Tuesday, August 20, 2013

Today's Internets - "About 48 hours before he died."

"Is there anything interesting you learned about Robert Anton Wilson by speaking to his daughter, Christina Pearson, that didn't make it into the book? 

WALKER:There's a lot. Actually, one of my regrets about the book is that I have so much material about Wilson -- from that interview and from other sources -- that I didn't use. I could have made that chapter three times as long, and it would have been interesting, but it would have stopped being a segment in a book about American paranoia and started being a biography of Robert Anton Wilson. And while that's a book that absolutely needs to be written someday, it isn't the book I wrote this time. When I talked with Christina, the portrait of her dad that emerged was one of a devoted husband who was a loving but neglectful parent. Someone who in some ways was a classic absent-minded professor: capable of sharp intellectual insights but unsure what to do when a light bulb broke. Someone who spent half his life striving to establish himself as a writer, who finally had a breakthrough with Illuminatus!, and who promptly had his world fall apart again when one of his daughters was murdered and his son went mad. And someone who was, despite everything that went badly in his life, fundamentally an optimist. "He thought he was going to live forever," Christina told me. "When did he stop thinking that?" I asked. "About 48 hours before he died.""

"In a remarkable post, Guardian editor Alan Rusbridger describes how the British government raided the Guardian’s offices in order to destroy hard drives containing information provided by NSA leaker Edward Snowden. 

I explained to the man from Whitehall about the nature of international collaborations and the way in which, these days, media organisations could take advantage of the most permissive legal environments. Bluntly, we did not have to do our reporting from London. Already most of the NSA stories were being reported and edited out of New York. And had it occurred to him that Greenwald lived in Brazil? The man was unmoved. And so one of the more bizarre moments in the Guardian’s long history occurred – with two GCHQ security experts overseeing the destruction of hard drives in the Guardian’s basement just to make sure there was nothing in the mangled bits of metal which could possibly be of any interest to passing Chinese agents… 

Whitehall was satisfied, but it felt like a peculiarly pointless piece of symbolism that understood nothing about the digital age."

"The detention at Heathrow on Sunday of the Brazilian David Miranda is the sort of treatment western politicians love to deplore in Putin's Russia or Ahmadinejad's Iran. His "offence" under the 2000 Terrorism Act was apparently to be the partner of a journalist, Glenn Greenwald, who had reported for the Guardian on material released by the American whistleblower, Edward Snowden."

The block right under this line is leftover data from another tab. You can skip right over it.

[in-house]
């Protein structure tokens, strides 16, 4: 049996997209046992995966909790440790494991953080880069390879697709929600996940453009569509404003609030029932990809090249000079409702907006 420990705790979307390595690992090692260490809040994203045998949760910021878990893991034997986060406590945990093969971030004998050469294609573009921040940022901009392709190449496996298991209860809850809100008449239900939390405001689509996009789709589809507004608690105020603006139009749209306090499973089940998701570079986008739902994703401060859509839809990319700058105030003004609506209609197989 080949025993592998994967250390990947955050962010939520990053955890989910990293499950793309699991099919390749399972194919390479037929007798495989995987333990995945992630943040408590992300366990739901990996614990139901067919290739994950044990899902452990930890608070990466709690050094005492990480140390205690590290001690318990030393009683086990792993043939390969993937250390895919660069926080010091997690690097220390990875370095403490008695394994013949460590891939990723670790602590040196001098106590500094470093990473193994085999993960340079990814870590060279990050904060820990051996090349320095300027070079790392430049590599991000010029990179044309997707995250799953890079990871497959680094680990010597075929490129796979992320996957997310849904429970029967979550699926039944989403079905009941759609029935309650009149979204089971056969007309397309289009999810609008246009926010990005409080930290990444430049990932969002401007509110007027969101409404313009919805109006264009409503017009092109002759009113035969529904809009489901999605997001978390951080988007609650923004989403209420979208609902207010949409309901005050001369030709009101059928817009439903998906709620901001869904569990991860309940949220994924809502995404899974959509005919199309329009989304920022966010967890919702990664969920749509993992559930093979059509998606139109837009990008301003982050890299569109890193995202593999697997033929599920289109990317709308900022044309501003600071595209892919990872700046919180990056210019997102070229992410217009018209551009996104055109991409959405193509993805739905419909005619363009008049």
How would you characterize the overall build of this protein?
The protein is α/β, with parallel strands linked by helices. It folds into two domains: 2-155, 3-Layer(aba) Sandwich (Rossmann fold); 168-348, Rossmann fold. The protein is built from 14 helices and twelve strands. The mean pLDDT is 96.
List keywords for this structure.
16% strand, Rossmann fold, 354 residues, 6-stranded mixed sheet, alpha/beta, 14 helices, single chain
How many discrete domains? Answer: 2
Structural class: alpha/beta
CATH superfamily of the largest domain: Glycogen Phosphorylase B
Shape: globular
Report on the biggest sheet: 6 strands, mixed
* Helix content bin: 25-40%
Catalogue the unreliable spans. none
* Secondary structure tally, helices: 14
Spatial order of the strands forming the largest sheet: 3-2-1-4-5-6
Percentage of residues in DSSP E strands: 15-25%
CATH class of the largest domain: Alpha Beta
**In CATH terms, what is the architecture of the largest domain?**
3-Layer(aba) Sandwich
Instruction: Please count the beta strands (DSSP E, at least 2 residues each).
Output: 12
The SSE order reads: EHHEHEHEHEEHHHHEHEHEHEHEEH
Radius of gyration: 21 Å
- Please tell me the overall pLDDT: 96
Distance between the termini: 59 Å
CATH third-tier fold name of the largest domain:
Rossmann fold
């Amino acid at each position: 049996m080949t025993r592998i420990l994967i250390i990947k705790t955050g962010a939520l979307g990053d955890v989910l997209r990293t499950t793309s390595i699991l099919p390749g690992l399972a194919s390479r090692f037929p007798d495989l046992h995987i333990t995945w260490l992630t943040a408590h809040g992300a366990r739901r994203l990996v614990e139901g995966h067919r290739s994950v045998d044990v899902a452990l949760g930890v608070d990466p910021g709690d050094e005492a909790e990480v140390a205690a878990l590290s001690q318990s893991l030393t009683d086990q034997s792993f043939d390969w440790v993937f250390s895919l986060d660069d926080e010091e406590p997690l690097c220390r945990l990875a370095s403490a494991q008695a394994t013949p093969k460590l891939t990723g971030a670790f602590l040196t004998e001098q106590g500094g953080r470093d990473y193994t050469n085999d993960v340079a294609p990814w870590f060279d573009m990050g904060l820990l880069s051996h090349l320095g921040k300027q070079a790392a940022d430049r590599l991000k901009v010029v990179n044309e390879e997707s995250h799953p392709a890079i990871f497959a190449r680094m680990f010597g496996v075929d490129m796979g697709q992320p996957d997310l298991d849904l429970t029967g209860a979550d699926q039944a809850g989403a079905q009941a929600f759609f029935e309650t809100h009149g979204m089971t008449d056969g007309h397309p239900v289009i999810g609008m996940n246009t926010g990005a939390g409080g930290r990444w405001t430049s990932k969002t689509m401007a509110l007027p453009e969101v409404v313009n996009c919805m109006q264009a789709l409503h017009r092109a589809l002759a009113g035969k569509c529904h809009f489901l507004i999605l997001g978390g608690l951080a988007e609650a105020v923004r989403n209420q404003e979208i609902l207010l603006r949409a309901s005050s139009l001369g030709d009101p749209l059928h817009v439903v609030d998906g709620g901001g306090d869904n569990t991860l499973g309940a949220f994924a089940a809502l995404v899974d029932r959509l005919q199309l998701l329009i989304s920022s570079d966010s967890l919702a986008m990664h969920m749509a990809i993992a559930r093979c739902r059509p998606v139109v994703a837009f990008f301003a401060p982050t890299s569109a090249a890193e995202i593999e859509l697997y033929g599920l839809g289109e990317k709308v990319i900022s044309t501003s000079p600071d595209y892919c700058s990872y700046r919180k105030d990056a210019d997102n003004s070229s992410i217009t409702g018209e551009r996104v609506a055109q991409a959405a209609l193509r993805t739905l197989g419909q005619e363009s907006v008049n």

"Miranda's phone and laptop were confiscated and he was held incommunicado, without access to friends or lawyer, for the maximum nine hours allowed under law. It is the airport equivalent of smashing into someone's flat, rifling through their drawers and stealing papers and documents. It is simple harassment and intimidation."

"How to turn a democracy into a STASI authoritarian state in 10 easy steps:
1. Misuse the concept of a Top Secret government document (say, the date of D-Day) and extend classification to trillions of mundane documents a year.
2. Classify all government crimes and violations of the Constitution as secret
3. Create a class of 4.5 million privileged individuals, many of them corporate employees, with access to classified documents but allege it is illegal for public to see leaked classified documents
4. Spy on the public in violation of the Constitution
5. Classify environmental activists as terrorists while allowing Big Coal and Big Oil to pollute and destroy the planet
6. Share info gained from NSA spying on public with DEA, FBI,local law enforcement to protect pharmaceuticals & liquor industry from competition from pot, or to protect polluters from activists
7. Falsify to judges and defense attorneys how allegedly incriminating info was discovered
10. Further criminalize whistleblowing as “Terrorism”, have compradors arrest innocent people, detain them, and confiscate personal effects with no cause or warrant (i.e. David Miranda, partner of Glenn Greenwald)
Presto, what looks like a democracy is really an authoritarian state ruling on its own behalf and that of 2000 corporations, databasing the activities of 312 million innocent citizens and actively helping destroy the planet while forestalling climate activism."

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